Sunday, July 15, 2007

Life, Death & Bialys - Dylan Schaffer As a child, Schaffer's father left him and his siblings in the care of his emotionally unstable mother. Over 20 years later, his father is diagnosed with cancer, and asks Schaffer to travel to NY to take a baking class with him. Schaffer agrees, and the result is this often humorous memoir which outlines his attempt to deal with hating the dying father he can't help but love. Schaffer must decide if he can forgive his father, even when his father never actually asks for his forgiveness. This book definitely hit home for me, but what made it even more interesting is that Schaffer is a criminal defense attorney who lives just a couple blocks from me and is a friend of a former classmate/co-worker of mine. I thought his book truly captured the frustration of being abandoned by a parent, and coming to terms with the fact that you can still have a need to love someone who you have tried for so many years to stop caring about. Ultimately, Schaffer realizes that he has to make his choices for himself - that he will have to live with himself once his father has passed on - and I found his way of coping very comforting and real. Schaffer has also published two crime thrillers which I look forward to reading.

Saturday, July 14, 2007

A Long Way Gone - Ishmael Beah - This is the memoir of a teenage boy growing up in the war-torn country of Sierra Leone. When his village is decimated by rebel soldiers, Beah flees into hiding. Facing starvation and witnessing inexplicable horrors, he is picked up by the government and forced to become a soldier, murdering the rebels who killed his friends and family. This is a fascinating glimpse into the mentality of a child soldier and how both the government and the rebels train and manipulate young men into killing machines. Eventually, Beah makes his way to the United States where he has become a spokesperson against, among other things, child dehumanization. Child soldiers and the conflict in Sierra Leone were recently portrayed in the Leonardo DiCaprio film "Blood Diamond", and is a focus of the work of Human Rights Watch (for whom Beah now works). I have done some fundraising and organization work for HRW in the past, mostly focused on children in Darfur. I think this book is best read in conjunction with the literature and studies put out by HRW - most recently reporting on the first convictions in Sierra Leone for use of child soldiers (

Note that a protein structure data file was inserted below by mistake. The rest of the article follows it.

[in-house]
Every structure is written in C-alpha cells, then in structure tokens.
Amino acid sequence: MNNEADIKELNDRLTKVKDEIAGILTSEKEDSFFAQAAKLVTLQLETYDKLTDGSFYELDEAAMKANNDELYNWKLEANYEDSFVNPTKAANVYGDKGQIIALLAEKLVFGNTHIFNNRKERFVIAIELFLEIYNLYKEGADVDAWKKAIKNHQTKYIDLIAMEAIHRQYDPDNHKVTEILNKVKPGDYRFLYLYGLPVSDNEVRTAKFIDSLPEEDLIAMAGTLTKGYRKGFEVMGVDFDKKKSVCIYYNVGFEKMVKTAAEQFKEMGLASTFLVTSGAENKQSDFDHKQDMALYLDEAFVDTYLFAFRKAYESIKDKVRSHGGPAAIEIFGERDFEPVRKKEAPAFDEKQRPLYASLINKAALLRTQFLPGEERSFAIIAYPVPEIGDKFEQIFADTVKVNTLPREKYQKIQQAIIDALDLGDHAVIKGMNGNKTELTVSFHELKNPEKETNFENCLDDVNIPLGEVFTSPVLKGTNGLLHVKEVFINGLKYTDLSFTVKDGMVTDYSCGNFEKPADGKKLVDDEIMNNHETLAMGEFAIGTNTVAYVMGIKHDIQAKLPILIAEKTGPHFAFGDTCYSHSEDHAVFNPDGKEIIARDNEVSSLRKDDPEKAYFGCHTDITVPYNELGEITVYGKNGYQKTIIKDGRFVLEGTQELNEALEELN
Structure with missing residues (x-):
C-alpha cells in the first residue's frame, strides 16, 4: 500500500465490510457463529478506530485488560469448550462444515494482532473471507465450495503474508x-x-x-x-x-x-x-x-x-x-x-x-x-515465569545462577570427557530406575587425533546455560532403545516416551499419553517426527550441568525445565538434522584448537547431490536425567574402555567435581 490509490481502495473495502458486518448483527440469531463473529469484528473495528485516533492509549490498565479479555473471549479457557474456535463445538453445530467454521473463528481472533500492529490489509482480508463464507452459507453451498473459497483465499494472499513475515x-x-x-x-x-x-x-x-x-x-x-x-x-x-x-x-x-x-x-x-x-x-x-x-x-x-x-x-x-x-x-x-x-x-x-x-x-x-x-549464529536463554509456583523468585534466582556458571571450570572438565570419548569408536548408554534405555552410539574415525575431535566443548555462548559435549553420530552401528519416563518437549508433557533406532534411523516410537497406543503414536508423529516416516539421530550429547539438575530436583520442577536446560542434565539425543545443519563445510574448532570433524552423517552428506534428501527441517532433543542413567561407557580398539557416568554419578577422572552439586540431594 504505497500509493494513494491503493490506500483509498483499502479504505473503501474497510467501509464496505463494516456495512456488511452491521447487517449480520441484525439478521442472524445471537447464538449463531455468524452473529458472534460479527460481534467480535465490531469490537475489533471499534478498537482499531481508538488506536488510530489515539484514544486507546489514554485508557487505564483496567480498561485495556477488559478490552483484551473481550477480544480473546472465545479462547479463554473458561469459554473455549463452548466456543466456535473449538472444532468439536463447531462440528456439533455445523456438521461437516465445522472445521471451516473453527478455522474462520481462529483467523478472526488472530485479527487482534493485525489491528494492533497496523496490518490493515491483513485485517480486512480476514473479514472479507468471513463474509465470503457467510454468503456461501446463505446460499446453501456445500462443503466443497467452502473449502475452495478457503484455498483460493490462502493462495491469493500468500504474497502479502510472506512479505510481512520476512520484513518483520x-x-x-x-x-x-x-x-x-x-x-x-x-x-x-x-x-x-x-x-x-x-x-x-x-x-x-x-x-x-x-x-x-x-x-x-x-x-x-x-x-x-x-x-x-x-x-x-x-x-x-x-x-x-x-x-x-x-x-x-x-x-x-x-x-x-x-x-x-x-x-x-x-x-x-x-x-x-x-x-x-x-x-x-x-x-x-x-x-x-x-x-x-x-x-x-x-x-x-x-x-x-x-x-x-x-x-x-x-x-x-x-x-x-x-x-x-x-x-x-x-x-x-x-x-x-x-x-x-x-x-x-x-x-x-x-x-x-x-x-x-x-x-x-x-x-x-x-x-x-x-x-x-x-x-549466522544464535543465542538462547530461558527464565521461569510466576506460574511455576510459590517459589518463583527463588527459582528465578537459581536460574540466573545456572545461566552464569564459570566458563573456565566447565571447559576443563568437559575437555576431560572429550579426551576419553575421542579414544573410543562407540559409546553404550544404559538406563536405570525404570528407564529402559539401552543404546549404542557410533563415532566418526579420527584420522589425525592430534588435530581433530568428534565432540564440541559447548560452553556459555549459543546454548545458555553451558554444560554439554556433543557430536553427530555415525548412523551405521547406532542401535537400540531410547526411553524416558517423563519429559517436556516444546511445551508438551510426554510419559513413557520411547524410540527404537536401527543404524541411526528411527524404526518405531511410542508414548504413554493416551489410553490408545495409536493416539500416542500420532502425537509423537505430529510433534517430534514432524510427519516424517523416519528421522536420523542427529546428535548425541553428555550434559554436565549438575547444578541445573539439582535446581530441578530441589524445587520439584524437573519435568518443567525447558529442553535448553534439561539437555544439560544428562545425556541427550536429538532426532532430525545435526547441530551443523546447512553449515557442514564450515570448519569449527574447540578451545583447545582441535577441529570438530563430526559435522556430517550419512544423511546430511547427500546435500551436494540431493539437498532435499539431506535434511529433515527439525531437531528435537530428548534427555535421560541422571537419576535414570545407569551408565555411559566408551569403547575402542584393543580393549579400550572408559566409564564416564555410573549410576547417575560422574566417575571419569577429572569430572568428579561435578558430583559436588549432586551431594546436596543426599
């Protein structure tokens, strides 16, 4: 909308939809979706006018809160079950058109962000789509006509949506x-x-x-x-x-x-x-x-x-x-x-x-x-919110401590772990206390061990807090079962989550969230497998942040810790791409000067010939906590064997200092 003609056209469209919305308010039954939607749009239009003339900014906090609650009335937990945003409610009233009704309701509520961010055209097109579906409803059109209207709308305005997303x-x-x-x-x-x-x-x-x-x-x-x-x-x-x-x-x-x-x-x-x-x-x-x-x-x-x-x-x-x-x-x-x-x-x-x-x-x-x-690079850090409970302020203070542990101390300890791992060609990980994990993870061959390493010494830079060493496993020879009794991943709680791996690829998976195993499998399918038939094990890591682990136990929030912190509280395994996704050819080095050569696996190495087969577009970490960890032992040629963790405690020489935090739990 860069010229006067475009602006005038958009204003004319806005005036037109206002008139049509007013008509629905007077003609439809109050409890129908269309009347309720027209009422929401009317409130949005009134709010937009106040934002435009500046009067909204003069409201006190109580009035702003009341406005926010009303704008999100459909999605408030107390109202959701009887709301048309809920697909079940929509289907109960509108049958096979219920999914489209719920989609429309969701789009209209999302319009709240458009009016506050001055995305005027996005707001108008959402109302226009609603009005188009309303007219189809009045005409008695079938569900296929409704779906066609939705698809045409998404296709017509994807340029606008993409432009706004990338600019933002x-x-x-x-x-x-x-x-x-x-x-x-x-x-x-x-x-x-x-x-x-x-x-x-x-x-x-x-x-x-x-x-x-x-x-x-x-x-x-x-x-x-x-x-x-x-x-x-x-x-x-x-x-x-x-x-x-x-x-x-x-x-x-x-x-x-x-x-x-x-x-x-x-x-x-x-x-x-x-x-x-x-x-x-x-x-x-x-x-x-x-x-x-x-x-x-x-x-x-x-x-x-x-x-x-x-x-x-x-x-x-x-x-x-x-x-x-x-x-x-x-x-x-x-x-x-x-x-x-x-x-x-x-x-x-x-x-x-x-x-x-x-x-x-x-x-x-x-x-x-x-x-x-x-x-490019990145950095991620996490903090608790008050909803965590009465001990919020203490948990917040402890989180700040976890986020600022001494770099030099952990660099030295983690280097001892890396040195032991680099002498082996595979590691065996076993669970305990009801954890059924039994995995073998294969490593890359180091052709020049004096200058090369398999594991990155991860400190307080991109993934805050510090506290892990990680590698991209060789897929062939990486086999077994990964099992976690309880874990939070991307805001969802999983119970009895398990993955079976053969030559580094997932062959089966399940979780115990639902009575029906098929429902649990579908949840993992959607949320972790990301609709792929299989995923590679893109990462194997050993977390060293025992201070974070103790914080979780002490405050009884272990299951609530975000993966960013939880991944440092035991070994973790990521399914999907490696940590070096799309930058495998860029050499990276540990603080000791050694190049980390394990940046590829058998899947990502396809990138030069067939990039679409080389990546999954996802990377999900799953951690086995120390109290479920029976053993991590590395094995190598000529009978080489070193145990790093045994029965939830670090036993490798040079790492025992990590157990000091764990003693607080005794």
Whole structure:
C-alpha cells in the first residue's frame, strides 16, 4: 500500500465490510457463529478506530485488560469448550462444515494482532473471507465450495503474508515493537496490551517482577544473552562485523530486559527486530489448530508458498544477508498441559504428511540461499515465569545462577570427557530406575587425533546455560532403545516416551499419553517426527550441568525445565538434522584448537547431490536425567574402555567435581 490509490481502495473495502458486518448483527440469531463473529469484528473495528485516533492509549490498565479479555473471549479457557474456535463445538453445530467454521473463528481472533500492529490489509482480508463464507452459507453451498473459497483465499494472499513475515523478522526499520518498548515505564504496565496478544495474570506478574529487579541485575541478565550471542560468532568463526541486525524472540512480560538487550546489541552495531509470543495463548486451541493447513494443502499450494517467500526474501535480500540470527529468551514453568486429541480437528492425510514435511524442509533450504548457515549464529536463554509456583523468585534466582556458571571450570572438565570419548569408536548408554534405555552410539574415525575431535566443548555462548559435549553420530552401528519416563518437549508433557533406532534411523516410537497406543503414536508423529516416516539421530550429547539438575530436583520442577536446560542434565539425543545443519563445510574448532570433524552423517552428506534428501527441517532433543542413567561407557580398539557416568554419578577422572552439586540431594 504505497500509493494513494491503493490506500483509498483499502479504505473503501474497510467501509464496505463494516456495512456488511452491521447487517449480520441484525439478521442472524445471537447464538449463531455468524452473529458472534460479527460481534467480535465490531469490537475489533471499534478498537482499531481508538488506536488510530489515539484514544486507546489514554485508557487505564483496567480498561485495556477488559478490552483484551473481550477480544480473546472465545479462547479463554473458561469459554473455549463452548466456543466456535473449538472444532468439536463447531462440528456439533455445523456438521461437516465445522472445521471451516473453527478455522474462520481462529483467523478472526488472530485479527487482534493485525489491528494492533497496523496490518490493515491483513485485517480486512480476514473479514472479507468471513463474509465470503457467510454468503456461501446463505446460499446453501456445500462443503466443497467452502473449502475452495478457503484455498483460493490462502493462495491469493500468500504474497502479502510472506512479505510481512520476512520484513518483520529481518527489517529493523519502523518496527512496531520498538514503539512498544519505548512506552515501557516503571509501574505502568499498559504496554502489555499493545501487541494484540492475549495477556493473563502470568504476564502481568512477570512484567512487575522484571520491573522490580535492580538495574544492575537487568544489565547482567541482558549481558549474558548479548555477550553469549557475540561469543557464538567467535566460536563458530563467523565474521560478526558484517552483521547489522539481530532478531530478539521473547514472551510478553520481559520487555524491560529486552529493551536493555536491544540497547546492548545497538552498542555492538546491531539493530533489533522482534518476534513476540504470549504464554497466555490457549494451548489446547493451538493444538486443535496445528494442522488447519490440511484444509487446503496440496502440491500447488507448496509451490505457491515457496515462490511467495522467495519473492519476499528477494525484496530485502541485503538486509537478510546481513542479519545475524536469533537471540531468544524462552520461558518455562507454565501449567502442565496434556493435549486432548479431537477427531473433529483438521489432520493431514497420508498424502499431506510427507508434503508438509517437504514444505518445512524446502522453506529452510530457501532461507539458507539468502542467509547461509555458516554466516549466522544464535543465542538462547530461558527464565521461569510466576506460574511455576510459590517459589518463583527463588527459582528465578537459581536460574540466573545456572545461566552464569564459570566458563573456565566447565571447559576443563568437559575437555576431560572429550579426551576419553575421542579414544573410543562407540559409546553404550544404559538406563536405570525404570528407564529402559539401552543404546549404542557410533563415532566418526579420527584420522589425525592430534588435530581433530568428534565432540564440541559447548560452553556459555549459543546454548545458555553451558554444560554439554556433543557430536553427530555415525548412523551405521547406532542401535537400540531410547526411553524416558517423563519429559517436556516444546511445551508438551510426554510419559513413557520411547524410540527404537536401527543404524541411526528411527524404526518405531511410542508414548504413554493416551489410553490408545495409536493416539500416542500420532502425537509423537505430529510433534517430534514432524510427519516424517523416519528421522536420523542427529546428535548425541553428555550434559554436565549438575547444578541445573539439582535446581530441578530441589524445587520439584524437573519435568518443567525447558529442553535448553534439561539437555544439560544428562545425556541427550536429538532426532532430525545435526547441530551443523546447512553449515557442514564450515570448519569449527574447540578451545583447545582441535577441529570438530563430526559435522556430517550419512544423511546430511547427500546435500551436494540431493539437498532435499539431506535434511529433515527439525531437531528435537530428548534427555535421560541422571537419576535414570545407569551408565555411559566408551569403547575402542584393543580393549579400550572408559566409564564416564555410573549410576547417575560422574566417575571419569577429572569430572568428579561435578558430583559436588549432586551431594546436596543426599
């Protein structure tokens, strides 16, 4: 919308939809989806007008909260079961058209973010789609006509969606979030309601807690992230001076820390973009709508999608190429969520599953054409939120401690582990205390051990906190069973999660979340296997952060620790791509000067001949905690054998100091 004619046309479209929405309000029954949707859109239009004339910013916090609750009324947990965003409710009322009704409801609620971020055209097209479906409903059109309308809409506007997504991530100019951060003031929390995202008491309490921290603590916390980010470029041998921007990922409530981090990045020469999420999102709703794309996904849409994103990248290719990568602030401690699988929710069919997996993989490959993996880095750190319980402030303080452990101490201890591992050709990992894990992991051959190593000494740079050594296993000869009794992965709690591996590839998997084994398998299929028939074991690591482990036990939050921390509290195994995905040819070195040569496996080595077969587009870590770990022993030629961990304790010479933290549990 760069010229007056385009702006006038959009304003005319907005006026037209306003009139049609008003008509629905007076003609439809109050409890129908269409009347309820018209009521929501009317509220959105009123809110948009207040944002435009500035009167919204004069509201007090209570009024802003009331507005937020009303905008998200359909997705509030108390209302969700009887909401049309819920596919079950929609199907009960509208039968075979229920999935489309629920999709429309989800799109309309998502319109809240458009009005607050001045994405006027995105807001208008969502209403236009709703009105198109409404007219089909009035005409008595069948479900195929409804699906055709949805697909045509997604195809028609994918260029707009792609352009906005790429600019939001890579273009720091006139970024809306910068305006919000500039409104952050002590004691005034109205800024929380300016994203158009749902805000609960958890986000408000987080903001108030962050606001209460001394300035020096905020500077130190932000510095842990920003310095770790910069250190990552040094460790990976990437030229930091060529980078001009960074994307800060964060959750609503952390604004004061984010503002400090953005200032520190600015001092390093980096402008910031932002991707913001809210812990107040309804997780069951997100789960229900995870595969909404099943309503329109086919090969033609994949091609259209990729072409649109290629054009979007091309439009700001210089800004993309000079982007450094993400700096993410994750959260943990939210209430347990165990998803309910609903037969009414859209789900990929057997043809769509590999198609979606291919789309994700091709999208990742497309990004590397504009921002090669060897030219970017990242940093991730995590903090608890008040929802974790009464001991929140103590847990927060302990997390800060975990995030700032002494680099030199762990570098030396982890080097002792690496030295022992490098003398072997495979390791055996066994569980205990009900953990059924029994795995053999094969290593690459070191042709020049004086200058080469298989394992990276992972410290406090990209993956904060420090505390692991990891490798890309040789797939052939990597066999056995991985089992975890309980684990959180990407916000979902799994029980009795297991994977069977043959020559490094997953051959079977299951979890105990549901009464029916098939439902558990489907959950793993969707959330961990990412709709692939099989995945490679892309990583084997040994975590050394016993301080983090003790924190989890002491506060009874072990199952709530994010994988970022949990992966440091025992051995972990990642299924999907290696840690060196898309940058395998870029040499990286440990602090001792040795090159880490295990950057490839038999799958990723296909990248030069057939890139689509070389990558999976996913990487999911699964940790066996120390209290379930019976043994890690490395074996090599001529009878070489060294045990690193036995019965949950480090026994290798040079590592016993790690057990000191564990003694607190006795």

Tuesday, July 10, 2007

The Crying of Lot 49* - Thomas Pynchon - After thinking of picking up Pynchon's Mason & Dixon for many years, I decided I'd rather introduce myself to his writing with something significantly shorter (160 pages vs. 784 pages). But, perhaps this man's alleged genius is not meant for pithy tales, because I just could not get into this book. The basic premise is interesting to me: the main character, Oedipa, has been made the executor of a will - as she untangles the dead man's assets, she uncovers a centuries old rivalry between competing mail companies (and you thought the US Postal Service was a monopoly!). Conspiracy abounds as Oedipa encounters characters with names such as Dr. Hilarius, Genghis Cohen, and Mike Fallopian. There is Shakespearean play-within-a-play that occurs - and over all, I think there was just too much going on. This is one of those books I would have loved to read in college - and then sit back and allow the professor to tell me what it all meant. But, on my own, I didn't quite have the patience (or the intellect) to work it all out. In a different time and a different place, however, I think I could have loved it.

(* - listed in 1001 Books You Must Read Before You Die)

Sunday, July 8, 2007

The Portrait of a Lady* - Henry James - After reading Colm Toibin's The Master a couple months back, I was interested in reading Henry James. The Stanford Book Group picked this one as a summer selection. I thought it would take a lot of effort to make it through the 19th century classic, but I was shocked to discover after only about ten pages in that I was hooked. James is the king of description - he can spend pages telling you just how someone sat in a chair, or describing a look on someone's face - presumably this is why it has been said that he does not translate so well to film or stage. The Portrait of a Lady is the story of Isabelle Archer, an American, who is brought to Europe by her aunt in an effort to expose her to more refined culture. Isabel, a woman of modest means, promptly turns down two marriage proposals in assertion of her independence. She suddenly comes into money, and gender, family and financial politics come into play as Isabel determines how to live out the rest of her life. Not a lot happens in the novel - the plot (with spoilers) can be reduced to a single paragraph, but James's telling of the story is truly masterful - James, as portrayed by Toibin, seemed to live a life of less than perfection, but after reading his writing, I understand why he is so widely celebrated. Portrait is the perfect book to read beside the fireplace with a cup of tea - very British and quite a lot of fun.

(* - Listed in 1001 Books You Must Read Before You Die)

Saturday, July 7, 2007